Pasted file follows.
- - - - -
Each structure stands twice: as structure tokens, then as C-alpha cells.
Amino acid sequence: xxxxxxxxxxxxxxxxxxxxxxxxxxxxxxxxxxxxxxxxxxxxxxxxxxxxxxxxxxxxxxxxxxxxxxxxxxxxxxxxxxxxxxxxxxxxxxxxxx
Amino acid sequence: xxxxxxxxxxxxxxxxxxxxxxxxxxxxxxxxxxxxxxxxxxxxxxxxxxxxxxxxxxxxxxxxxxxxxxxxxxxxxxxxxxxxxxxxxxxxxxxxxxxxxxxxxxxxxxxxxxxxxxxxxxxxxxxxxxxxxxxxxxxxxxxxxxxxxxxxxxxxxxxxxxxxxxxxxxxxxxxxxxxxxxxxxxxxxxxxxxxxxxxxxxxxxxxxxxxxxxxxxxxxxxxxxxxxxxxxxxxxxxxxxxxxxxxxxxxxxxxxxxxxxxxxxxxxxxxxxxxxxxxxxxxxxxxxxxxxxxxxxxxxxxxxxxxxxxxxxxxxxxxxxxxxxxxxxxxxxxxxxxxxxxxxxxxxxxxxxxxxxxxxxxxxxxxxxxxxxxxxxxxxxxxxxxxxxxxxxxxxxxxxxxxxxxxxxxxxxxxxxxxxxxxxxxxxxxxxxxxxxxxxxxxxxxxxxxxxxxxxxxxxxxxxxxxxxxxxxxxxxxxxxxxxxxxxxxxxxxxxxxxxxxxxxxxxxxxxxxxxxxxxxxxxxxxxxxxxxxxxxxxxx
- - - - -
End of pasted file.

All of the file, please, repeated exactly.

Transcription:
Each structure stands twice: as structure tokens, then as C-alpha cells.
Amino acid sequence: xxxxxxxxxxxxxxxxxxxxxxxxxxxxxxxxxxxxxxxxxxxxxxxxxxxxxxxxxxxxxxxxxxxxxxxxxxxxxxxxxxxxxxxxxxxxxxxxxx
Amino acid sequence: xxxxxxxxxxxxxxxxxxxxxxxxxxxxxxxxxxxxxxxxxxxxxxxxxxxxxxxxxxxxxxxxxxxxxxxxxxxxxxxxxxxxxxxxxxxxxxxxxxxxxxxxxxxxxxxxxxxxxxxxxxxxxxxxxxxxxxxxxxxxxxxxxxxxxxxxxxxxxxxxxxxxxxxxxxxxxxxxxxxxxxxxxxxxxxxxxxxxxxxxxxxxxxxxxxxxxxxxxxxxxxxxxxxxxxxxxxxxxxxxxxxxxxxxxxxxxxxxxxxxxxxxxxxxxxxxxxxxxxxxxxxxxxxxxxxxxxxxxxxxxxxxxxxxxxxxxxxxxxxxxxxxxxxxxxxxxxxxxxxxxxxxxxxxxxxxxxxxxxxxxxxxxxxxxxxxxxxxxxxxxxxxxxxxxxxxxxxxxxxxxxxxxxxxxxxxxxxxxxxxxxxxxxxxxxxxxxxxxxxxxxxxxxxxxxxxxxxxxxxxxxxxxxxxxxxxxxxxxxxxxxxxxxxxxxxxxxxxxxxxxxxxxxxxxxxxxxxxxxxxxxxxxxxxxxxxxxxxxxxxx